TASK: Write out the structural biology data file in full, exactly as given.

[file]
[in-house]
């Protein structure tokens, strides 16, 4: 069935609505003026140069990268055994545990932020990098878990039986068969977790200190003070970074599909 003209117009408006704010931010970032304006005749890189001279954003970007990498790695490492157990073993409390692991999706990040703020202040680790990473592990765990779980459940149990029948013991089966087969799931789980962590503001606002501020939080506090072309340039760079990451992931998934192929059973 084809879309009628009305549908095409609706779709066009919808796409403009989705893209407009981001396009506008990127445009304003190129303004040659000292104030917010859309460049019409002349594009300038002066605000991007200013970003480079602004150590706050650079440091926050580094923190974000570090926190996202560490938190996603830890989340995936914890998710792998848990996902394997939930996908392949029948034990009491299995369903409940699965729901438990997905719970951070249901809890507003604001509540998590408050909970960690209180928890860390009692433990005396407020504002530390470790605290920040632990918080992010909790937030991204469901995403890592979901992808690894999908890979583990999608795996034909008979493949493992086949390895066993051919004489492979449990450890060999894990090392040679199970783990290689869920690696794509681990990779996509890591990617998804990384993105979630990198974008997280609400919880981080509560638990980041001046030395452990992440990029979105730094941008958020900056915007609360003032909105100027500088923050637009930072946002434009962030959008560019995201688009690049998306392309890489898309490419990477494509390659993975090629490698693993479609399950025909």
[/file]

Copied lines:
[in-house]
């Protein structure tokens, strides 16, 4: 069935609505003026140069990268055994545990932020990098878990039986068969977790200190003070970074599909 003209117009408006704010931010970032304006005749890189001279954003970007990498790695490492157990073993409390692991999706990040703020202040680790990473592990765990779980459940149990029948013991089966087969799931789980962590503001606002501020939080506090072309340039760079990451992931998934192929059973 084809879309009628009305549908095409609706779709066009919808796409403009989705893209407009981001396009506008990127445009304003190129303004040659000292104030917010859309460049019409002349594009300038002066605000991007200013970003480079602004150590706050650079440091926050580094923190974000570090926190996202560490938190996603830890989340995936914890998710792998848990996902394997939930996908392949029948034990009491299995369903409940699965729901438990997905719970951070249901809890507003604001509540998590408050909970960690209180928890860390009692433990005396407020504002530390470790605290920040632990918080992010909790937030991204469901995403890592979901992808690894999908890979583990999608795996034909008979493949493992086949390895066993051919004489492979449990450890060999894990090392040679199970783990290689869920690696794509681990990779996509890591990617998804990384993105979630990198974008997280609400919880981080509560638990980041001046030395452990992440990029979105730094941008958020900056915007609360003032909105100027500088923050637009930072946002434009962030959008560019995201688009690049998306392309890489898309490419990477494509390659993975090629490698693993479609399950025909």